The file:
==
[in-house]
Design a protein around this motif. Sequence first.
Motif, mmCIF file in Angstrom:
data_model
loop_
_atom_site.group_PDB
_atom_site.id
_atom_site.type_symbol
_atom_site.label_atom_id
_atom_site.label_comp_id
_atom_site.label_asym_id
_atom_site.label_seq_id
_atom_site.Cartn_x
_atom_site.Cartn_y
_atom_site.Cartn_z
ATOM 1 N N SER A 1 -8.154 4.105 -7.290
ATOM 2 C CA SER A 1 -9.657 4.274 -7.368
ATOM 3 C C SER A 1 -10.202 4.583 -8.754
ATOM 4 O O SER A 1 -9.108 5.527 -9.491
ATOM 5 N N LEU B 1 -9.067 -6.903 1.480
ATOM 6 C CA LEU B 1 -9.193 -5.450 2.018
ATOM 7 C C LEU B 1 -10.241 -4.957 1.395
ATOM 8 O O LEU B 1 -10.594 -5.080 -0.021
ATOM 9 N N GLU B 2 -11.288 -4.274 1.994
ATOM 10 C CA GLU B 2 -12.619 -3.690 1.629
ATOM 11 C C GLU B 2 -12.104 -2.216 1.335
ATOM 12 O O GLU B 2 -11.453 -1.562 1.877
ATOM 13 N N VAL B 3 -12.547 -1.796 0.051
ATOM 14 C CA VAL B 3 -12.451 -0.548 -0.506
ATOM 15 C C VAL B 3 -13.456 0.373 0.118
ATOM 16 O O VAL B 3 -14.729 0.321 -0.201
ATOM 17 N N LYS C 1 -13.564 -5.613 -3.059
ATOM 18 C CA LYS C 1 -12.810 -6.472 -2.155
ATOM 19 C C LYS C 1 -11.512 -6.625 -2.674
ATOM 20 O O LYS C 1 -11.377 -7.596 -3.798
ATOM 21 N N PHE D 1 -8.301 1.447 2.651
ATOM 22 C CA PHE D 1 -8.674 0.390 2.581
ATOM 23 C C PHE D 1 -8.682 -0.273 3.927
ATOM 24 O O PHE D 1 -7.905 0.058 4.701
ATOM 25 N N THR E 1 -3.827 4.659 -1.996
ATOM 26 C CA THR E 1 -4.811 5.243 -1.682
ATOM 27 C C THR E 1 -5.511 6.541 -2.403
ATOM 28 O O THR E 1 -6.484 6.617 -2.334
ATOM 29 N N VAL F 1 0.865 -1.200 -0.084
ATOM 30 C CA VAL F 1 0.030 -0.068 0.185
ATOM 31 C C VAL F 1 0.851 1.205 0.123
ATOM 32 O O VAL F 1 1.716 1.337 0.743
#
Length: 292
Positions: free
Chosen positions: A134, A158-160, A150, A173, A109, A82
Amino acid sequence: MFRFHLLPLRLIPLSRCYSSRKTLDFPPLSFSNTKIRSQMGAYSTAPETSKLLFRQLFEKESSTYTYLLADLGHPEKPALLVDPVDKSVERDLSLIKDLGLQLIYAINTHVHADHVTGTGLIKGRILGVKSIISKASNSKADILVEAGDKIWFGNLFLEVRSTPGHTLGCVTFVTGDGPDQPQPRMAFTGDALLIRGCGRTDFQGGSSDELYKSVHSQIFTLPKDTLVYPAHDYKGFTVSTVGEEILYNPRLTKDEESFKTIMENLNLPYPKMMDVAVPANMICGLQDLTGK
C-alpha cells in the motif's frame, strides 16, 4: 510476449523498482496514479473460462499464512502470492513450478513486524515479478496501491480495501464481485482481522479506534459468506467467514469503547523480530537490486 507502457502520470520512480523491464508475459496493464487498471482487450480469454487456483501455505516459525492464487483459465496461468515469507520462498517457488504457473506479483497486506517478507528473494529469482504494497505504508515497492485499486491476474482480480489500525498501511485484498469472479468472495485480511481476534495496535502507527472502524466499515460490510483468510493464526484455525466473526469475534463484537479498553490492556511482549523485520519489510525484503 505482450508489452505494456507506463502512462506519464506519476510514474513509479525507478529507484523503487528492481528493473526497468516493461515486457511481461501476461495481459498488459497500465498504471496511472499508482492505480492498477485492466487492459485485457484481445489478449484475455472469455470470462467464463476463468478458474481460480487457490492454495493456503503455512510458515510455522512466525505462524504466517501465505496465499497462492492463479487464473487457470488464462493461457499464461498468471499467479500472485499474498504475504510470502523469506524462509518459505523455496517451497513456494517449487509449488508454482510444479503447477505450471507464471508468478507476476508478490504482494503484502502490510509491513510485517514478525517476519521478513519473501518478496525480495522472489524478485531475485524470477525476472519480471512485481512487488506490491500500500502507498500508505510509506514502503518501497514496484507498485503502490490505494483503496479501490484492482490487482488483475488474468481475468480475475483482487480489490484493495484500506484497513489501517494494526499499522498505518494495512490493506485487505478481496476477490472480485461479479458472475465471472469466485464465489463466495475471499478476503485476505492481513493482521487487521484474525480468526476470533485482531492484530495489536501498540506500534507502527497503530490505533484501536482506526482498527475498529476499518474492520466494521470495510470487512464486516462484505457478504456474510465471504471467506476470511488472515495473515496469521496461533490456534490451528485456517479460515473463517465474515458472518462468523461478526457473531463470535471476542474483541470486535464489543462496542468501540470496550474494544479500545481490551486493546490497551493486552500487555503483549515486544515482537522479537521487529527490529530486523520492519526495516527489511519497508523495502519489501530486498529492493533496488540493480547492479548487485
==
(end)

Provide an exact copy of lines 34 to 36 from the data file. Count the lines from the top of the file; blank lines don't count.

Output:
ATOM 19 C C LYS C 1 -11.512 -6.625 -2.674
ATOM 20 O O LYS C 1 -11.377 -7.596 -3.798
ATOM 21 N N PHE D 1 -8.301 1.447 2.651